Chemistry Stack Exchange Community Digest

Top new questions this week:

How does Potassium Hexfluoronickelate(IV) exist in a stable state?

Nickel generally does not exist in a $+4$ Oxidation state. Wikipedia has the following to say regarding Nickel(IV): Ni(IV) is present in the mixed oxide $\ce{BaNiO3}$. ....... Ni(IV) remains a ...

inorganic-chemistry coordination-compounds oxidation-state  
asked by Aniruddha Deb 6 votes
answered by Oscar Lanzi 9 votes

Dimethylethylamine or Ethyldimethylamine?

I thought that Organic Naming was based on alphabetical for alkyl branches, so I thought it was ethyldimethylamine, however google results show me Dimethylethylamine. So which one is right? And is ...

organic-chemistry nomenclature  
asked by Luke 4 votes
answered by orthocresol 8 votes

Miller Indices and the case of a cubic crystal

My textbook, Solid-State Physics, Fluidics, and Analytical Techniques in Micro- and Nanotechnology, by Madou, presents the following image and explanation in a section on x-ray diffraction and Laue ...

crystallography miller-indices  
asked by The Pointer 4 votes
answered by Karsten Theis 2 votes

What is the effect of basis set on charge transfer?

I am calculating the energy and charge transfer of a globally neutral system, composed by two opposely charged monomers (EMIM-BF4), coming closer to each other, with DFT (B3LYP) and MP2. As a thumb ...

quantum-chemistry basis-set  
asked by Marco Di Gennaro 4 votes
answered by rlaplaza 1 vote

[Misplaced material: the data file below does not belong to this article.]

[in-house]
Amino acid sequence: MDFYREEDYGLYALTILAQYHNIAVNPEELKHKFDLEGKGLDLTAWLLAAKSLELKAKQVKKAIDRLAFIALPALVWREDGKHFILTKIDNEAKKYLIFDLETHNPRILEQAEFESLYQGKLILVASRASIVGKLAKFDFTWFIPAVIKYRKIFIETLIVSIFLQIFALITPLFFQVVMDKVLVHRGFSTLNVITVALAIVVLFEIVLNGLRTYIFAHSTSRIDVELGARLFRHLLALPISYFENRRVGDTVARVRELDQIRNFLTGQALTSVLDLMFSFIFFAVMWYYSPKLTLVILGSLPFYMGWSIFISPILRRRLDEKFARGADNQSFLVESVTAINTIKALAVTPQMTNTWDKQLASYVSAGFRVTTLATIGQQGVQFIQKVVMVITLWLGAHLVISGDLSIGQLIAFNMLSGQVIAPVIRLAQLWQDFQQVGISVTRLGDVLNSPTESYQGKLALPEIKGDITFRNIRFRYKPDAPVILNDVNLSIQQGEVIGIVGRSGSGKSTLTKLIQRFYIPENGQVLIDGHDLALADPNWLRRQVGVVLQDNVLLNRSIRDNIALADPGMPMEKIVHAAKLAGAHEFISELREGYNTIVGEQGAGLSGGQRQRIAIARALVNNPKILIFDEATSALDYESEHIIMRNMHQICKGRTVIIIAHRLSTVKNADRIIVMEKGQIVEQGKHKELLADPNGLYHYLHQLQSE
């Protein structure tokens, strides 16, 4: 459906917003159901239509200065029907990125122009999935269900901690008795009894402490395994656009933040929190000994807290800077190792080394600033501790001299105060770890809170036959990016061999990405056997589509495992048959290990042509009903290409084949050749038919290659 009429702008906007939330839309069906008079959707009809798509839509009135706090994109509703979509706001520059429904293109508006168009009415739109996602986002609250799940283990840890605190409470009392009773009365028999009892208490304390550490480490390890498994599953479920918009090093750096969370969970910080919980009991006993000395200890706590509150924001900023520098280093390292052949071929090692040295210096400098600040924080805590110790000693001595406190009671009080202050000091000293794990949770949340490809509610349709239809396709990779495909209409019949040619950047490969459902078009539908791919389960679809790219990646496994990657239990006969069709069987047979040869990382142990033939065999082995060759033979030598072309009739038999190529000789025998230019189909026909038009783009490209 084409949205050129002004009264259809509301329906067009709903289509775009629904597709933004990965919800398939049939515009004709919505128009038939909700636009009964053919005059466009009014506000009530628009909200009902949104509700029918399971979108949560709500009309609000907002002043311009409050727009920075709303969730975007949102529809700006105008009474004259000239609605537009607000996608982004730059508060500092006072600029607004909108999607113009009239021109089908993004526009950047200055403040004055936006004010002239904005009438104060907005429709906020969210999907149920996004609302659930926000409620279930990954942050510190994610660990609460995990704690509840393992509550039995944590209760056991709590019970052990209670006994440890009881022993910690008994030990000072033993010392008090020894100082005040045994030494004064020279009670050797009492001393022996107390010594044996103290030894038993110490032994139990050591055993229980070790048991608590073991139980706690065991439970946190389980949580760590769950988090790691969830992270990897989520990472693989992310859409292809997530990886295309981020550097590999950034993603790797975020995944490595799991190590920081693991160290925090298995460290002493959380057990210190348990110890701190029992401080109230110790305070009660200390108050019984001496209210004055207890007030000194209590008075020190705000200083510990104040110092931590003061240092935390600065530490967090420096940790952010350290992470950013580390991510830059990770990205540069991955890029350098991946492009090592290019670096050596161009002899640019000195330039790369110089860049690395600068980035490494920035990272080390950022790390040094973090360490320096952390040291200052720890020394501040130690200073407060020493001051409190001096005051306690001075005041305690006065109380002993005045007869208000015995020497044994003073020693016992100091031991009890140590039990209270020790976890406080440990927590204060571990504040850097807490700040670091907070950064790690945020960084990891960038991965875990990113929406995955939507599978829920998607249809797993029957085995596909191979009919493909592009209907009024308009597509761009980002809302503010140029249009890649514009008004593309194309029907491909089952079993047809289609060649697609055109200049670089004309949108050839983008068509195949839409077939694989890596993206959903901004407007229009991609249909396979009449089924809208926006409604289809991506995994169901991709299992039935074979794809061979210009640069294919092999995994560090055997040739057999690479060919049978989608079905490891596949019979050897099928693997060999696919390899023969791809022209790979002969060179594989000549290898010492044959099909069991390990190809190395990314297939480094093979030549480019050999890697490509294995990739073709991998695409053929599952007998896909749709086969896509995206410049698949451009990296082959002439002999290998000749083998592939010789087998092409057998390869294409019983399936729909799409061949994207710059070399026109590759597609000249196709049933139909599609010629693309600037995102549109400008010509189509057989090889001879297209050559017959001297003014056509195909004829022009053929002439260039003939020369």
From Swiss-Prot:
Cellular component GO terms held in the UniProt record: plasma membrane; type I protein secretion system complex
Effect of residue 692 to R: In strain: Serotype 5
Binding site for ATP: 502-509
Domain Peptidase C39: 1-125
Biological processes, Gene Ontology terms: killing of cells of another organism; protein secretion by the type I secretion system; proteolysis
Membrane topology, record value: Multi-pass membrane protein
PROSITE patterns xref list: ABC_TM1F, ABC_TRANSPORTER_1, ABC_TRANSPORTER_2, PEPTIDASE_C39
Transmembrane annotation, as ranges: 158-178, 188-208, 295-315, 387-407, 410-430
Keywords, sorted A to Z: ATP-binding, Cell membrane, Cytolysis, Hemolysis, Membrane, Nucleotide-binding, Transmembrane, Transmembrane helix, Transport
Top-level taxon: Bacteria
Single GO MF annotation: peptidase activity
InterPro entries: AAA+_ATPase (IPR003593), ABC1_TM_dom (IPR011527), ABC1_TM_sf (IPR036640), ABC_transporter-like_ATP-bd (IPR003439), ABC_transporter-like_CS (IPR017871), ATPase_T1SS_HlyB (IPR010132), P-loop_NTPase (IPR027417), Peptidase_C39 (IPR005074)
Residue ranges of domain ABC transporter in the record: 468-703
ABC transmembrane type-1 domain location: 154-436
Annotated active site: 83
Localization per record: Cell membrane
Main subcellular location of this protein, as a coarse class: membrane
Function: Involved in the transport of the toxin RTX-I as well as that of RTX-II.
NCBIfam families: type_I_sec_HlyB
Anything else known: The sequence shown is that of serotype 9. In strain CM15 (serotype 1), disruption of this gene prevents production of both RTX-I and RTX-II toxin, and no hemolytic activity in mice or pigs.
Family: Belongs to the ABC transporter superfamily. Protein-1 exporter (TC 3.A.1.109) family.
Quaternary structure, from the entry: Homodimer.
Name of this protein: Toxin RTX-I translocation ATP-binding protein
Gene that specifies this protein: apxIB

How do the three Miller indices (hkl) denote planes orthogonal to the reciprocal lattice vector?

The Wikipedia page for Miller indices defines Miller indices as follows: There are two equivalent ways to define the meaning of the Miller indices: via a point in the reciprocal lattice, or as the ...

crystallography lattices miller-indices bravais-lattices  
asked by The Pointer 3 votes

Is there an anisotropy factor (g factor) for TDDFT Abs and CD calculations?

Experimentally, anisotropy factor is calculated by dividing the CD spectra by the absorbance spectra multiplying by a factor of 32980 (in order to get a nondimensional quantity) Theoretical ...

quantum-chemistry spectroscopy chirality uv-vis-spectroscopy td-dft  
asked by C. Alexander 3 votes

Interstitial defects in crystals: "high energy configurations"?

In the Wikipedia article on crystallographic defects, a type of point defect known as an interstitial defect is described as follows: Interstitial defects are atoms that occupy a site in the ...

crystal-structure crystallography  
asked by The Pointer 3 votes
answered by DrMoishe Pippik 3 votes

Greatest hits from previous weeks:

Why lanthanides and actinides are shown separate from standard Periodic Table layout?

In the standard Periodic Table layout , all the elements up to 56 are in order i.e are in the same layout table. However, lanthanides and actinides are always shown separately from the layout like in ...

periodic-table history-of-chemistry  
asked by SRy 13 votes
answered by Uncle Al 12 votes

Is there an easy way to find number of valence electrons"